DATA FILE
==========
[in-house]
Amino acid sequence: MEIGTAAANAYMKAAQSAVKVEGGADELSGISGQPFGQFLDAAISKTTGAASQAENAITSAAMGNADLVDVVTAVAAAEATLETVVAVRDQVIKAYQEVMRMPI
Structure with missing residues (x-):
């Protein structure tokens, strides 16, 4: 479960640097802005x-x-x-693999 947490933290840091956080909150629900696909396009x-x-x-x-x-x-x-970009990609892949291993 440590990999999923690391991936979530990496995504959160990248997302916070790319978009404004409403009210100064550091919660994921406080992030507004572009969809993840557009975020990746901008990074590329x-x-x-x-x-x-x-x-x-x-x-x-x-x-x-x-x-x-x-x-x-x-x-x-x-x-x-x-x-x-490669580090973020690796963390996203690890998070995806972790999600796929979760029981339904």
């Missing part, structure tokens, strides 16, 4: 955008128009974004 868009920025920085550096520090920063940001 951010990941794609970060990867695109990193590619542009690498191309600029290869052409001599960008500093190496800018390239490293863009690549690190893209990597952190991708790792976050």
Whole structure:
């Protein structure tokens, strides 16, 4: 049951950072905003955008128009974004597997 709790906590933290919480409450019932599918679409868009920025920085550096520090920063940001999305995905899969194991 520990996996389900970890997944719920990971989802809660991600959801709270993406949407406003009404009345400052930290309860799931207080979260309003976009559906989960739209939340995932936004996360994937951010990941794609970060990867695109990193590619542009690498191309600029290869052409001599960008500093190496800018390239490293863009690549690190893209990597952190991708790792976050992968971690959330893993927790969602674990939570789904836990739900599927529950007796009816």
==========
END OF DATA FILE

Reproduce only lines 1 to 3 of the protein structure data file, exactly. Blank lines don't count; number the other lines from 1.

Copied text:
[in-house]
Amino acid sequence: MEIGTAAANAYMKAAQSAVKVEGGADELSGISGQPFGQFLDAAISKTTGAASQAENAITSAAMGNADLVDVVTAVAAAEATLETVVAVRDQVIKAYQEVMRMPI
Structure with missing residues (x-):